The breakdown is always changing and I can never predict it, but on average the mix is roughly 60% affiliate marketing, 20% ads, and 20% products. When affiliate drops, ads may pick up and make up for the decline in affiliate income. This can fluctuate and it’s hard to say.
For Finsavvy Panda, it took 8 months to get into Mediavine, whereas the lifestyle blog took 4 to 5 months.
Here are a few screenshots I’ve shared previously on my blog:
Ling Thich’s Pinterest Strategy
I’ve mainly used my Pinterest strategy to earn money online. By using Pinterest, I’m able to generate the traffic I need to earn through display ads, affiliate marketing, and digital products.
I don’t spend time on Pinterest anymore since I outsourced it to my VA, who consistently schedules pins for me, spending approximately 15 minutes a day to schedule 3-5 pins.
As for followers, I don’t really pay attention to that number since it’s just a vanity metric. What I notice is as long as you consistently pin and promote new content on the platform, your number of followers will naturally grow over time.
As I used Pinterest over the years, I felt the struggle to keep making new pins. While I find creating pins super fun and creative, it interfered with my time and kept me away from focusing on other areas of my blog. That’s when I created a time-saving solution for myself.
Today, I use these Pin Savvy Canva Templates + E-book Bundle, another product I created for Pinterest business users in various blogging niches, including my VA, to help them make 150 pins in 30 minutes.
Her Top Marketing Strategy
I don’t really have a solid or planned marketing strategy, but one of my main strategies so far has been to use Pinterest to drive traffic to both of my blogs.
In addition to using Pinterest to drive traffic to generate display advertising and affiliate income, I also attend to my readers by helping them with their current struggles.
A lot of my time is spent on getting to know them better, understanding their current situation, and offering them a solution by directing them to a blog post, recommending products, and/or offering my own products.
A Unique Approach to Building Trust
I don’t know if what I do is “unique.” In fact, most business owners and bloggers will probably think what I do is crazy and a waste of time, and I know most won’t do it.
One thing I often see is that businesses tend to neglect their readers. I know this because I used to get ignored by most bloggers and business owners when I first started my blog.
On top of that, I often get emails from people who tell me that I’m the only blogger who actually cares and responds with insightful advice, which blows their minds. I admit it’s not the easiest task to do. But again, nothing is easy, and you just have to choose where you want to spend your time and effort on.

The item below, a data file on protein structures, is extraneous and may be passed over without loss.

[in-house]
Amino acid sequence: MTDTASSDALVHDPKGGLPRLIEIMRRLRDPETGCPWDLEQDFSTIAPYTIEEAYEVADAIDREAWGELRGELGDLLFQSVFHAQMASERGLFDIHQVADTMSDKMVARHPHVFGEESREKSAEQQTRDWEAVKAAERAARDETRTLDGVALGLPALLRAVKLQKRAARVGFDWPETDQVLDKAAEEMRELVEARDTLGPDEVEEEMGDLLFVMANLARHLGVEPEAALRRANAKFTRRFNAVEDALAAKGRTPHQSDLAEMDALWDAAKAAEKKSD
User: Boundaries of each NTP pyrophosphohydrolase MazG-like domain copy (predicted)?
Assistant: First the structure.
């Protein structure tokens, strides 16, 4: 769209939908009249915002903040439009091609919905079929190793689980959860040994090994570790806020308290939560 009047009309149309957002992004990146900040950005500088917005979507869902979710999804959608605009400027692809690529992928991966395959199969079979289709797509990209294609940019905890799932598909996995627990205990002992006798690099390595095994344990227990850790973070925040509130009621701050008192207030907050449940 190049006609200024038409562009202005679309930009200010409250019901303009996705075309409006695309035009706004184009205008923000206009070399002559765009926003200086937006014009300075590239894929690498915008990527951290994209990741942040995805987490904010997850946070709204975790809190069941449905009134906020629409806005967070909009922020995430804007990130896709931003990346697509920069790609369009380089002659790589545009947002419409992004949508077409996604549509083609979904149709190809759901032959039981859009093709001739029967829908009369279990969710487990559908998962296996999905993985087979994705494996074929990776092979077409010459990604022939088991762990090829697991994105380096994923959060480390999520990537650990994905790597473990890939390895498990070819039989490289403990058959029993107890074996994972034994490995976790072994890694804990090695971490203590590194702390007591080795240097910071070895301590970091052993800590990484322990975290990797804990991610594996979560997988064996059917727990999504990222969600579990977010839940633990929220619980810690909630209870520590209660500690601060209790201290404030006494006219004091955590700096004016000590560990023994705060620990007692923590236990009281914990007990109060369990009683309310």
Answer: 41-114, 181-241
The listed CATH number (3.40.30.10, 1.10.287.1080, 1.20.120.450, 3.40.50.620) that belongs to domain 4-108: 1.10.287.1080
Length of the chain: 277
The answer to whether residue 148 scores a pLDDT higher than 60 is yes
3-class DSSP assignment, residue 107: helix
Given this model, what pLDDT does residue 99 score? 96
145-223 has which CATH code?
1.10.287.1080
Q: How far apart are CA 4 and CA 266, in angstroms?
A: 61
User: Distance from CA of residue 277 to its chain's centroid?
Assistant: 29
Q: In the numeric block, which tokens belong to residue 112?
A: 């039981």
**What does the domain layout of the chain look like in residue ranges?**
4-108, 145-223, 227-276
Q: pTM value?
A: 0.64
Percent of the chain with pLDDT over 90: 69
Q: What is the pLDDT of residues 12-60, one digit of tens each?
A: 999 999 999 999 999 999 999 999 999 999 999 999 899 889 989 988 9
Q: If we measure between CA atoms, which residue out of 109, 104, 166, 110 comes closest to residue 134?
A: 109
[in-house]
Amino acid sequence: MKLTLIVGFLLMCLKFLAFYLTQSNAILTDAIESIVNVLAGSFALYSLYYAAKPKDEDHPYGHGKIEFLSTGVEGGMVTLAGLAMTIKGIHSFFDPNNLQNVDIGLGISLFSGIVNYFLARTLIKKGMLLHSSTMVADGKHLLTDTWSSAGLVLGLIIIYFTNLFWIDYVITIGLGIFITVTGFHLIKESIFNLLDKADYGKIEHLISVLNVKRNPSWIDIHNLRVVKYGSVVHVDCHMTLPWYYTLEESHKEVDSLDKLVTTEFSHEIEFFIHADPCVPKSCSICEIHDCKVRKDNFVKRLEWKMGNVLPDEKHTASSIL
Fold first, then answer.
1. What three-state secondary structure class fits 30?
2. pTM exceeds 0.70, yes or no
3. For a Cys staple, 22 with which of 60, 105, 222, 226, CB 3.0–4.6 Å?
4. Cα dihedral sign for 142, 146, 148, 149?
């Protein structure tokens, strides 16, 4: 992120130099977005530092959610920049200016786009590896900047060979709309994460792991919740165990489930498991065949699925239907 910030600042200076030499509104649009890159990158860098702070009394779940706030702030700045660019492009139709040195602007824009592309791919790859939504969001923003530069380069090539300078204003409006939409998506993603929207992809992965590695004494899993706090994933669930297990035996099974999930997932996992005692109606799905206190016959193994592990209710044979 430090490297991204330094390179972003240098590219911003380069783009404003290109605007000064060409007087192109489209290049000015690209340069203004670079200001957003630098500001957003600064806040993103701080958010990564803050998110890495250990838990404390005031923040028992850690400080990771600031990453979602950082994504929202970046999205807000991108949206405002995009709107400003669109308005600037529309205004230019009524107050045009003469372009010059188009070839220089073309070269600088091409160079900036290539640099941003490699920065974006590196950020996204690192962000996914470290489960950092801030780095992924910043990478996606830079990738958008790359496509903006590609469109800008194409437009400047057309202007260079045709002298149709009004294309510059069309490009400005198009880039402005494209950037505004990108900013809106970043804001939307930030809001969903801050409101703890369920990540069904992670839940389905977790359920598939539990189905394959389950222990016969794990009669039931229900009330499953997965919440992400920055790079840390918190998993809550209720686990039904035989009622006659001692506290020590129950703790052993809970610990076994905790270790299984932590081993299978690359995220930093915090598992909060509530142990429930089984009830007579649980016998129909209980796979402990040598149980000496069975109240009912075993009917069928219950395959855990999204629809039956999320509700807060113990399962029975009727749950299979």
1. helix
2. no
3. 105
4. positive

I respond to my readers by email, and I help them like how I would help my friends. When they share with me their experience and ask specific questions about how to do or achieve something, I take the time to understand their situation and try to figure out a way to solve their problems.
You really need to have patience with people, and the more I did this, the more I realized that people started trusting me more. When they trust me, they naturally come back to support me and buy things from me.
By doing this, it allows me to understand the pain points my audience goes through and gives me the opportunity to write specific blog posts and create products that address their needs.
The amount of email I get varies. It can be quiet or it can be really busy. It’s hard to say, but about 5 to 10 a day. I personally answer them. That’s how I gain trust and build a relationship with my readers.
It’s not a sexy or glamorous strategy, but hey, it works!
The Importance of SEO
SEO hasn’t been very important for my business, but it does help with diversifying my traffic. It doesn’t hurt to see that I get some Google traffic and I can’t complain about that!
I have to admit that I’m not a “Google” or “SEO” blogger, but after blogging for several years, I’ve realized how important it is to diversify your traffic.
When any algorithm changes, you have at least another source to back you up. That pushed me to start a second blog in the last quarter of 2019 so I can diversify my income and reduce the risk of having to rely on only one blog.
On my second blog, I’m using similar strategies, but it’s also more like a place for me to write whatever I want so I don’t feel restricted to just one topic. This is where I can freely test new ideas.
In addition to that, I’ve been working with my husband on building his niche sites. For niche sites where the traffic comes from Google, it’s critical to focus on SEO.
Ling Thich’s SEO Strategy
As I said, I don’t really have a Google SEO strategy for my blogs, but at the bare minimum, I try to publish blog posts that have some sort of search volume based on the Google SEO keyword research I do.
I go for specific or long-tail keywords with a reasonable monthly search volume, at least 500 searches a month, where I stand a chance of ranking. Whenever I have time, I try to implement on-page SEO strategies, but I know I’m guilty of neglecting this part.